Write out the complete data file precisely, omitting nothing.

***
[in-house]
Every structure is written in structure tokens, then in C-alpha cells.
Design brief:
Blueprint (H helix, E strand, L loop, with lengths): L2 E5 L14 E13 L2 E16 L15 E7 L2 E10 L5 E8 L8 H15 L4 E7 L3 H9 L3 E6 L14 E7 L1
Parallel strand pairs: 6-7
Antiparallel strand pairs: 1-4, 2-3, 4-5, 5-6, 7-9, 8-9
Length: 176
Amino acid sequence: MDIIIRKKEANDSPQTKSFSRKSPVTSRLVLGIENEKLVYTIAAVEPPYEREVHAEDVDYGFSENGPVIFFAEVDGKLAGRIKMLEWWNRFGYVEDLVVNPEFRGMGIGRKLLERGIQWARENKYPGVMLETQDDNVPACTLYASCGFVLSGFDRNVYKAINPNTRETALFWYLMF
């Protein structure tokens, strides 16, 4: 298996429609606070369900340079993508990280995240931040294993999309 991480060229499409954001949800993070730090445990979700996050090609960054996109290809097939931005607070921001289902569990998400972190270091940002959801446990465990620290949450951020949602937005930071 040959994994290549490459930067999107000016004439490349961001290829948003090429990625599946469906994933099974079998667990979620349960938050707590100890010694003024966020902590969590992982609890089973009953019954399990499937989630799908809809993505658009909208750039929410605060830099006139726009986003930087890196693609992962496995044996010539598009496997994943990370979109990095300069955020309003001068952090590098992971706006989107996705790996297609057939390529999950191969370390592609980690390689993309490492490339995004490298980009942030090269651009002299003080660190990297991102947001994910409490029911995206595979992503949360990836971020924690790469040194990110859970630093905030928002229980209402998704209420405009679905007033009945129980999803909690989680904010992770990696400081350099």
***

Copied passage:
[in-house]
Every structure is written in structure tokens, then in C-alpha cells.
Design brief:
Blueprint (H helix, E strand, L loop, with lengths): L2 E5 L14 E13 L2 E16 L15 E7 L2 E10 L5 E8 L8 H15 L4 E7 L3 H9 L3 E6 L14 E7 L1
Parallel strand pairs: 6-7
Antiparallel strand pairs: 1-4, 2-3, 4-5, 5-6, 7-9, 8-9
Length: 176
Amino acid sequence: MDIIIRKKEANDSPQTKSFSRKSPVTSRLVLGIENEKLVYTIAAVEPPYEREVHAEDVDYGFSENGPVIFFAEVDGKLAGRIKMLEWWNRFGYVEDLVVNPEFRGMGIGRKLLERGIQWARENKYPGVMLETQDDNVPACTLYASCGFVLSGFDRNVYKAINPNTRETALFWYLMF
């Protein structure tokens, strides 16, 4: 298996429609606070369900340079993508990280995240931040294993999309 991480060229499409954001949800993070730090445990979700996050090609960054996109290809097939931005607070921001289902569990998400972190270091940002959801446990465990620290949450951020949602937005930071 040959994994290549490459930067999107000016004439490349961001290829948003090429990625599946469906994933099974079998667990979620349960938050707590100890010694003024966020902590969590992982609890089973009953019954399990499937989630799908809809993505658009909208750039929410605060830099006139726009986003930087890196693609992962496995044996010539598009496997994943990370979109990095300069955020309003001068952090590098992971706006989107996705790996297609057939390529999950191969370390592609980690390689993309490492490339995004490298980009942030090269651009002299003080660190990297991102947001994910409490029911995206595979992503949360990836971020924690790469040194990110859970630093905030928002229980209402998704209420405009679905007033009945129980999803909690989680904010992770990696400081350099």